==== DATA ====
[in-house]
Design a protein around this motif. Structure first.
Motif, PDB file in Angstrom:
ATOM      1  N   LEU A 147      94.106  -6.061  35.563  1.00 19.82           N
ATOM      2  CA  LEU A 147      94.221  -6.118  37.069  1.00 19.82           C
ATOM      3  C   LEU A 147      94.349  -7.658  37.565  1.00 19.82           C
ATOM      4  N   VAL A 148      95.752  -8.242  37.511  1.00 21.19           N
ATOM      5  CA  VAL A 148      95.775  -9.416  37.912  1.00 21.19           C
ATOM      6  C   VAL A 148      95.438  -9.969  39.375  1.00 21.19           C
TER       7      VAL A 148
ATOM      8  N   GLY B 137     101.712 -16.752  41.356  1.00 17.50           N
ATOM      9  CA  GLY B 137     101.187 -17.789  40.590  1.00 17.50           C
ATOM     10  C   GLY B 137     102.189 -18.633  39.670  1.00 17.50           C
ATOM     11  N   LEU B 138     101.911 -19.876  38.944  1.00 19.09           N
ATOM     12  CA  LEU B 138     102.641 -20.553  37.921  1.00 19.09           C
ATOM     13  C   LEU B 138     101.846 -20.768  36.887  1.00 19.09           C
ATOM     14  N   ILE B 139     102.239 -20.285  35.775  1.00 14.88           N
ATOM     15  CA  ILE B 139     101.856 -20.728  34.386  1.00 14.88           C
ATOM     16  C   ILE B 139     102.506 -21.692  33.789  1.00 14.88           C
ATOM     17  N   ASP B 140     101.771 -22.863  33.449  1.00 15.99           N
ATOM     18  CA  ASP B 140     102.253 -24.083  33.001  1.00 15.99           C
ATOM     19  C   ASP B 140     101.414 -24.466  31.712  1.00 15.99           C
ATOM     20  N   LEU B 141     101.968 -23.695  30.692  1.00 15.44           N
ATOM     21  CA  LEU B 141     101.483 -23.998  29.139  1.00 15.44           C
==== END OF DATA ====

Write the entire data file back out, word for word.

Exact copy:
[in-house]
Design a protein around this motif. Structure first.
Motif, PDB file in Angstrom:
ATOM      1  N   LEU A 147      94.106  -6.061  35.563  1.00 19.82           N
ATOM      2  CA  LEU A 147      94.221  -6.118  37.069  1.00 19.82           C
ATOM      3  C   LEU A 147      94.349  -7.658  37.565  1.00 19.82           C
ATOM      4  N   VAL A 148      95.752  -8.242  37.511  1.00 21.19           N
ATOM      5  CA  VAL A 148      95.775  -9.416  37.912  1.00 21.19           C
ATOM      6  C   VAL A 148      95.438  -9.969  39.375  1.00 21.19           C
TER       7      VAL A 148
ATOM      8  N   GLY B 137     101.712 -16.752  41.356  1.00 17.50           N
ATOM      9  CA  GLY B 137     101.187 -17.789  40.590  1.00 17.50           C
ATOM     10  C   GLY B 137     102.189 -18.633  39.670  1.00 17.50           C
ATOM     11  N   LEU B 138     101.911 -19.876  38.944  1.00 19.09           N
ATOM     12  CA  LEU B 138     102.641 -20.553  37.921  1.00 19.09           C
ATOM     13  C   LEU B 138     101.846 -20.768  36.887  1.00 19.09           C
ATOM     14  N   ILE B 139     102.239 -20.285  35.775  1.00 14.88           N
ATOM     15  CA  ILE B 139     101.856 -20.728  34.386  1.00 14.88           C
ATOM     16  C   ILE B 139     102.506 -21.692  33.789  1.00 14.88           C
ATOM     17  N   ASP B 140     101.771 -22.863  33.449  1.00 15.99           N
ATOM     18  CA  ASP B 140     102.253 -24.083  33.001  1.00 15.99           C
ATOM     19  C   ASP B 140     101.414 -24.466  31.712  1.00 15.99           C
ATOM     20  N   LEU B 141     101.968 -23.695  30.692  1.00 15.44           N
ATOM     21  CA  LEU B 141     101.483 -23.998  29.139  1.00 15.44           C